Of course, you do all of that simply by engaging in exceedingly brief battles. What kind of battle you enter into depends on what sort of terrain you're taking on. If it's just flat land, all you usually need to do is bust through a bunch of grunt soldiers. If you go after a stronghold, you'll have to take down some defense captains. If you go up against unit leaders, you'll have to fight off at least one of the major featured warriors in the game. Winning battles will often yield charms, which you can use while on the main grid screen. Certain charms can be used to stifle or attack enemies via the grid, while others can be used to heal or boost your side. Really though, these charms amount to only a minor addition to the overall scheme of a battle, and victory pretty much rests on your ability to mash on the triangle and square buttons alternately.
As has been the case with all Warriors games of recent memory, Samurai Warriors' action is completely brainless. The artificial intelligence of the opponent soldiers is practically nonexistent--they'll just stand around, waiting to get stabbed. Higher-ranking officers are better, but it's still way too easy to bowl over just about every enemy in the game that isn't the last guy in the enemy military chain. And there's just no variety to the action. There are a few combos and special attacks, but all of them revolve around mashing on two buttons for a few minutes at a time. It gets very old, very quickly.
One thing Koei did improve about the battles on the PSP is the slowdown. The frame rate runs much more smoothly in State of War than it did in Dynasty Warriors. Unfortunately, the trade-off was the draw distance. Texture and character pop-in is rampant throughout the game. You have to be within five feet of enemies to see that they're there, and backgrounds look like white walls of fog if the pieces of scenery are too far off in the distance. On top of all that, the environmental designs are bland as all get-out. Drab textures and next to no set decoration beyond an occasionally dull-looking building are the order of the day here. The warriors themselves are more detailed than everything else, but they kind of have to be, otherwise this would be the dullest-looking game on the system.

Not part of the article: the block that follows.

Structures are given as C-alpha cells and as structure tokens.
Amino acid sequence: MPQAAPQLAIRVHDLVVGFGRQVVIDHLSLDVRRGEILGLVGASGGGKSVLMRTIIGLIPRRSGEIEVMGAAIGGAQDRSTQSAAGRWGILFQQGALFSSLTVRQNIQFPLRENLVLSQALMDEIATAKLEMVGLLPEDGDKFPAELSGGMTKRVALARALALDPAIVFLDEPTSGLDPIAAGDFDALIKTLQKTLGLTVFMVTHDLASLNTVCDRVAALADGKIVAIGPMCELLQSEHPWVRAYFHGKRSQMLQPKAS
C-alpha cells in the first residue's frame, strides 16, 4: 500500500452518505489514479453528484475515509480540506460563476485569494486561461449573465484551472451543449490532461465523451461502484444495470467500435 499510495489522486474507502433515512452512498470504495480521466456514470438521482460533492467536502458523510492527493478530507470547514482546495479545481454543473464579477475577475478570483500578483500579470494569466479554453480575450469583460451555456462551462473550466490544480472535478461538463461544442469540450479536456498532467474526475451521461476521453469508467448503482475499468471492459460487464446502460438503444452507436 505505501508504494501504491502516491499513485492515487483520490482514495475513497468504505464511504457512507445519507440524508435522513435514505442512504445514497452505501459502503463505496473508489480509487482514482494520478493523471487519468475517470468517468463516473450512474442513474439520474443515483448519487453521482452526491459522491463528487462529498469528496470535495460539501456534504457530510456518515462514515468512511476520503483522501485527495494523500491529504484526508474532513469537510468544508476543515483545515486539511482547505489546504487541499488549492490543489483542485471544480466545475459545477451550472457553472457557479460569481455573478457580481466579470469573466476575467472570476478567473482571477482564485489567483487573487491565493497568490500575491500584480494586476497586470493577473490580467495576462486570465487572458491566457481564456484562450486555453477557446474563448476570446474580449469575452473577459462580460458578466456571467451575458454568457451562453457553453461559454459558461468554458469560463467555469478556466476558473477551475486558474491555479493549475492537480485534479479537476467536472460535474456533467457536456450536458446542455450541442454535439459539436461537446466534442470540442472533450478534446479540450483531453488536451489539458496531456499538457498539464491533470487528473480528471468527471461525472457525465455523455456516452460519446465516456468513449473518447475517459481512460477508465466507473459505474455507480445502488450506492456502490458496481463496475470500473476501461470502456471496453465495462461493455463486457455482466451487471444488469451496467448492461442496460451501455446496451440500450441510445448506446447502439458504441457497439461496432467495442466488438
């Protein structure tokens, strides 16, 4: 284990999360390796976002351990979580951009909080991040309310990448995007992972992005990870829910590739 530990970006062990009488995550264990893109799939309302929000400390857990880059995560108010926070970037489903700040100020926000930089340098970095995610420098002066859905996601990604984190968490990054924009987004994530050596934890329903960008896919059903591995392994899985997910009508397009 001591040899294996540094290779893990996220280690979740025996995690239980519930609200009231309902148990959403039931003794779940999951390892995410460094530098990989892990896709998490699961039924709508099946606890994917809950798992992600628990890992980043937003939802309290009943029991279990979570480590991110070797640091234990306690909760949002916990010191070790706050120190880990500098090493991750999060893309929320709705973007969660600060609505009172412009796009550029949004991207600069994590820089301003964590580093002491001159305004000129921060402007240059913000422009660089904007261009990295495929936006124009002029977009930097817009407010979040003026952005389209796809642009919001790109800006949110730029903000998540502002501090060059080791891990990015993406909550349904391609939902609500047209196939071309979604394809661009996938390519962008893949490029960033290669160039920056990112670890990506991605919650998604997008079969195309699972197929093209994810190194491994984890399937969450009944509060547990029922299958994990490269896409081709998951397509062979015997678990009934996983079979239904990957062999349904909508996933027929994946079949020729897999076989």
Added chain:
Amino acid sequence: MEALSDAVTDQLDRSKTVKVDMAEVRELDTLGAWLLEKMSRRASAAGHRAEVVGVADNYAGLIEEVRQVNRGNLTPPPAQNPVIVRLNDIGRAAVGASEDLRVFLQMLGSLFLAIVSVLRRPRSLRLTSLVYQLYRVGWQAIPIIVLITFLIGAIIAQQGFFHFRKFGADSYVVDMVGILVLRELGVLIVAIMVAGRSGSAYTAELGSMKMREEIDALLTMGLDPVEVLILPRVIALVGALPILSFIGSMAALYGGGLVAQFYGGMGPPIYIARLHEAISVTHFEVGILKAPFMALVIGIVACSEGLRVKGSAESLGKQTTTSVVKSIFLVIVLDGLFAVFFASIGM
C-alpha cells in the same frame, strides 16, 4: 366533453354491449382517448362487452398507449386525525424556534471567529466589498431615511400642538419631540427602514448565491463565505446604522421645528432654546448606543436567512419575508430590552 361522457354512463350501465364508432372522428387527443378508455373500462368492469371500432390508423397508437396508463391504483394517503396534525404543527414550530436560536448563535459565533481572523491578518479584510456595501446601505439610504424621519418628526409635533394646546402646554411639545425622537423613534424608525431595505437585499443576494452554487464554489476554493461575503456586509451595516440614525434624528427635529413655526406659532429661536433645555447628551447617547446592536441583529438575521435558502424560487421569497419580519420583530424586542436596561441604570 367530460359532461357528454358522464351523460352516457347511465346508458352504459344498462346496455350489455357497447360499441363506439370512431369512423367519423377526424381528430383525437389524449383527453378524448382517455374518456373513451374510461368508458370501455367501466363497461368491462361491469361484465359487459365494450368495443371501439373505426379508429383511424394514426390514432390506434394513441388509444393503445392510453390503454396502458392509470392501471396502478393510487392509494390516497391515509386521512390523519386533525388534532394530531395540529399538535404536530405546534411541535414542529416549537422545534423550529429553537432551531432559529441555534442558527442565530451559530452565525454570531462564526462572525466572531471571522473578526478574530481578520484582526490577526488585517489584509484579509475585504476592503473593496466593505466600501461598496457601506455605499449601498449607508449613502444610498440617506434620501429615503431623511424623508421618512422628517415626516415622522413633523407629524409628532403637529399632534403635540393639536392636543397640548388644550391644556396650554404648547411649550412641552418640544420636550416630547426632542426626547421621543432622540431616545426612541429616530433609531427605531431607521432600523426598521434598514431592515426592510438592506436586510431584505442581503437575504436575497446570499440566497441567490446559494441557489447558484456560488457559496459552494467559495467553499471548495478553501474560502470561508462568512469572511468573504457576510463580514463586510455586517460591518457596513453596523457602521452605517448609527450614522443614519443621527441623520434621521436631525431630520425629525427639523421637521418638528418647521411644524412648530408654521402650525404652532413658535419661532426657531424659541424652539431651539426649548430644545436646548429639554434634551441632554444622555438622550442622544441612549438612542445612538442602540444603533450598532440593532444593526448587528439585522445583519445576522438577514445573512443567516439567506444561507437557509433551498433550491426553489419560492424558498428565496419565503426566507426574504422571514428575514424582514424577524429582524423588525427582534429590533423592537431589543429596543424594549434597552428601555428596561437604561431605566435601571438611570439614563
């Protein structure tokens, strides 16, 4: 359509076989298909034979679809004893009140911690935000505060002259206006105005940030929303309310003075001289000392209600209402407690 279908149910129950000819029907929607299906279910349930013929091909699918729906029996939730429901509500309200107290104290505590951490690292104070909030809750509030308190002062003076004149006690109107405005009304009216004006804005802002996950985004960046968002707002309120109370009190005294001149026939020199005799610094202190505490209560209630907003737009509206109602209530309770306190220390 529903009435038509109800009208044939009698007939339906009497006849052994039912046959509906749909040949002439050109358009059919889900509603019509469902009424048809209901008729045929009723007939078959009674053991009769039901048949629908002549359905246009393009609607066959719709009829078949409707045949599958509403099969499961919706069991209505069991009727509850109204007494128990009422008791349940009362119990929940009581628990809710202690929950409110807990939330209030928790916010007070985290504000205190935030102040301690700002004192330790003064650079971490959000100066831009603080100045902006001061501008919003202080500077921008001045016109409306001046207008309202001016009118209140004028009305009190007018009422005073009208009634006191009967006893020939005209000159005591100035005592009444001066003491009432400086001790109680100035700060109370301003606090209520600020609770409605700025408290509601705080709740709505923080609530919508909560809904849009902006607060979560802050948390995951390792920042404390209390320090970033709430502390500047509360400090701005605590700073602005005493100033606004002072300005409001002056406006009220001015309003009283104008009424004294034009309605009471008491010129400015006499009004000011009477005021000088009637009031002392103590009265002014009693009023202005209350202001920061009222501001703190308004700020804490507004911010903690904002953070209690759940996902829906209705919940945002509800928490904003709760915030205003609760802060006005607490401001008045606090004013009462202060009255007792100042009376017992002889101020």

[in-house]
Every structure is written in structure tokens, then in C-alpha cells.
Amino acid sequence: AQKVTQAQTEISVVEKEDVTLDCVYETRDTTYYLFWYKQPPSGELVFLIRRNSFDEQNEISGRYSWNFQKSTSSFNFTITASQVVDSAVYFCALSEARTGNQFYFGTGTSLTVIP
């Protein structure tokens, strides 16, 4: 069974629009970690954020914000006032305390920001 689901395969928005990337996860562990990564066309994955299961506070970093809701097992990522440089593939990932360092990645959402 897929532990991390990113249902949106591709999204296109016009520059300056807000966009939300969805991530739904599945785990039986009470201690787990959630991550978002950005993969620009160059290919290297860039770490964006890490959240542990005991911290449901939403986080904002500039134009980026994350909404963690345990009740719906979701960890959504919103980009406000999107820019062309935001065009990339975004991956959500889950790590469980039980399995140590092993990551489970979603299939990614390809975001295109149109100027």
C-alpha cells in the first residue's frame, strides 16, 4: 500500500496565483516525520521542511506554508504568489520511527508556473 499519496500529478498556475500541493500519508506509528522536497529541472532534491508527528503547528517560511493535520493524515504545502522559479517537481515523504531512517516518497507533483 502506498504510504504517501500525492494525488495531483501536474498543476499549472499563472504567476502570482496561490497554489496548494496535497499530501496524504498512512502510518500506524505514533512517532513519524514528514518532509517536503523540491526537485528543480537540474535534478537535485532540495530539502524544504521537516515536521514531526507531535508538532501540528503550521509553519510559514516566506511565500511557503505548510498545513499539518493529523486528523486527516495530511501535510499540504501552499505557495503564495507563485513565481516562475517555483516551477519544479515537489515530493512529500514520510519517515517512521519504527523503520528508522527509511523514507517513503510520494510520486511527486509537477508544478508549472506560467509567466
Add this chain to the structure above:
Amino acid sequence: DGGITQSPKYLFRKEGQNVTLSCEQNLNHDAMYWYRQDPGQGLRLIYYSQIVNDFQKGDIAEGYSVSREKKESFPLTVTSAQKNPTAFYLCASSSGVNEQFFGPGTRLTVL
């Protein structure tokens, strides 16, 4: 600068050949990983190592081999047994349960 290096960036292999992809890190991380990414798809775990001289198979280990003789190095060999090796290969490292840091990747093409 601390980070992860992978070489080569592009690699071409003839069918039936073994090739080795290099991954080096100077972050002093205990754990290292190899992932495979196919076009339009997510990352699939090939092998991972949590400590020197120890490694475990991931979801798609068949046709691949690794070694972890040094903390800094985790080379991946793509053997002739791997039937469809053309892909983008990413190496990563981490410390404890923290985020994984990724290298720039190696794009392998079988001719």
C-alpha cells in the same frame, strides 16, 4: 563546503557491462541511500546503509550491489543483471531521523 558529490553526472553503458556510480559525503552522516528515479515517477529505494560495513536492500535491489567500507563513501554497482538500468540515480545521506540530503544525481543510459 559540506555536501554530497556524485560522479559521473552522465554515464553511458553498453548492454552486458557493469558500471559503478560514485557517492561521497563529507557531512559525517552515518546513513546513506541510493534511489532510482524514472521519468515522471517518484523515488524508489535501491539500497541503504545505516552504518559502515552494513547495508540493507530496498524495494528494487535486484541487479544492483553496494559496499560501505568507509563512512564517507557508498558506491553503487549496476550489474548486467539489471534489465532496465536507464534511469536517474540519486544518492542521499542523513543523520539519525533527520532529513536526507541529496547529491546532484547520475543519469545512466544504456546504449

Speaking of dull, the only gameplay mode addition to Samurai Warriors of any note is an ad hoc multiplayer mode that might as well not even be multiplayer. There are two modes here: vanguard and bandit. In vanguard, your goal is to kill five enemy captains, whereas in bandit, you're simply killing enemies to collect their gold. Both of these modes are for up to four players, but the interaction between you and your opponents is practically nonexistent. On your screen, your opponents are represented by artificially intelligent opponents. If you attack them, an artificially intelligent opponent on their screen will go after them, and vice versa. What, precisely, is the point of this? How does this even qualify as multiplayer when you're practically competing against the computer more than you are your live opponents? It's a very strange mode, and it's not a fun one, either.
No doubt, if you enjoyed Samurai Warriors on consoles, you'll take at least something positive away from State of War. It's very much the same formula translated reasonably well onto a handheld platform. The trouble is that the formula itself is no better off in handheld form than it was on consoles, and the action becomes utterly stagnant after a short while. Though good third-person action games of this ilk aren't exactly in abundance on the PSP at this time, it's still hard to recommend State of War to all but the most dedicated fans of the series.